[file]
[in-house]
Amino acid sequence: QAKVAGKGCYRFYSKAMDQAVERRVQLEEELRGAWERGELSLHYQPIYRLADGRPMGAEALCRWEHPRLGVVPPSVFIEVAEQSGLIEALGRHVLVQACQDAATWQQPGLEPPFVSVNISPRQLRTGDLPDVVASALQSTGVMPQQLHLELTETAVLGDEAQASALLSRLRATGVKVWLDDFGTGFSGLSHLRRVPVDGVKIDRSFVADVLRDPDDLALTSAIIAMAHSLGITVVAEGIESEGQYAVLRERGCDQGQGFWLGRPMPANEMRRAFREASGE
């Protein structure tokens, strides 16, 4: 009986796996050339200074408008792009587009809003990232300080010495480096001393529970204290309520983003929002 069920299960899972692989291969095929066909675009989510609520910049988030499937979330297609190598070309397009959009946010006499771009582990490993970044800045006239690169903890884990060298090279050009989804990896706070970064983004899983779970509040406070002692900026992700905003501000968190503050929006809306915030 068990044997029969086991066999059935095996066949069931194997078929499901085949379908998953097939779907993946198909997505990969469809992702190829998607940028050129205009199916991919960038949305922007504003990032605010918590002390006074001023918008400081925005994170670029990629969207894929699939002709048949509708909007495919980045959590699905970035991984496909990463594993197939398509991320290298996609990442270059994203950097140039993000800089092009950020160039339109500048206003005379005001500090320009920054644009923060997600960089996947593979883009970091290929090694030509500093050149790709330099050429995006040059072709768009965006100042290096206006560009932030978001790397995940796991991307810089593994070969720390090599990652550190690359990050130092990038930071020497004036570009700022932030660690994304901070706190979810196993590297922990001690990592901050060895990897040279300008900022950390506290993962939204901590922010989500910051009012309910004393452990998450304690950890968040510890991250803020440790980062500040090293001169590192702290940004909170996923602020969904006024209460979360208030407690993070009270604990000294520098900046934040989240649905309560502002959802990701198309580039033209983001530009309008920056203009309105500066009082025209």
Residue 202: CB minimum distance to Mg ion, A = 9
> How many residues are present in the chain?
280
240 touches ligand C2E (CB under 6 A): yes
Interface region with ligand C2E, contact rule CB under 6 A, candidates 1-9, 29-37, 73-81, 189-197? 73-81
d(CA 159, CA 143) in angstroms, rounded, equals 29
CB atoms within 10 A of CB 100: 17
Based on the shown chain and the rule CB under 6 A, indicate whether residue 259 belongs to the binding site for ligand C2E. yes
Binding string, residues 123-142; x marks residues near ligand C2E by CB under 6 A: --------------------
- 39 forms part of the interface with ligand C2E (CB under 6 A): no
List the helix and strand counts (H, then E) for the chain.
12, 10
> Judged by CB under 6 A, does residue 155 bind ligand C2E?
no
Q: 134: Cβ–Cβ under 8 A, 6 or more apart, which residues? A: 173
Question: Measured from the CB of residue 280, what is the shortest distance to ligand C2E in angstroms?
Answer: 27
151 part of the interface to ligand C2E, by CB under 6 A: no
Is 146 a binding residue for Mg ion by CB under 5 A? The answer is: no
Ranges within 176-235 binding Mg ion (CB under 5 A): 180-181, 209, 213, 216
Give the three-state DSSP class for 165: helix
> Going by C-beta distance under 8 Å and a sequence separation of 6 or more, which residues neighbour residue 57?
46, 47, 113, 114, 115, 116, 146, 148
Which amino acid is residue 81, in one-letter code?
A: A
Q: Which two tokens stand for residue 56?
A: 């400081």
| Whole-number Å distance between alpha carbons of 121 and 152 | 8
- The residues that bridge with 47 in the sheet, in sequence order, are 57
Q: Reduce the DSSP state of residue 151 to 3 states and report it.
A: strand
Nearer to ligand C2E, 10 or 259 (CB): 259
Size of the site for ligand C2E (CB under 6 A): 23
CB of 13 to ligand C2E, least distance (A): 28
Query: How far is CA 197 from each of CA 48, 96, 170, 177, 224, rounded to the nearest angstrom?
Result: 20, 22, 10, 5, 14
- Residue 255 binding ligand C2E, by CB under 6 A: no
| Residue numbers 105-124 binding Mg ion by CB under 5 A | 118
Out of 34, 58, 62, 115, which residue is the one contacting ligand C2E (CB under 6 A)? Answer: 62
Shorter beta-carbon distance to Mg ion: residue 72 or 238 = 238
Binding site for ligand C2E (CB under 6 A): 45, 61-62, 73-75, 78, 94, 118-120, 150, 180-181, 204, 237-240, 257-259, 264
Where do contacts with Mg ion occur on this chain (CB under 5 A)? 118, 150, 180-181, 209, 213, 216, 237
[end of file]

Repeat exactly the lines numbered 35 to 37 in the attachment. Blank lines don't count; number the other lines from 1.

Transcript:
Nearer to ligand C2E, 10 or 259 (CB): 259
Size of the site for ligand C2E (CB under 6 A): 23
CB of 13 to ligand C2E, least distance (A): 28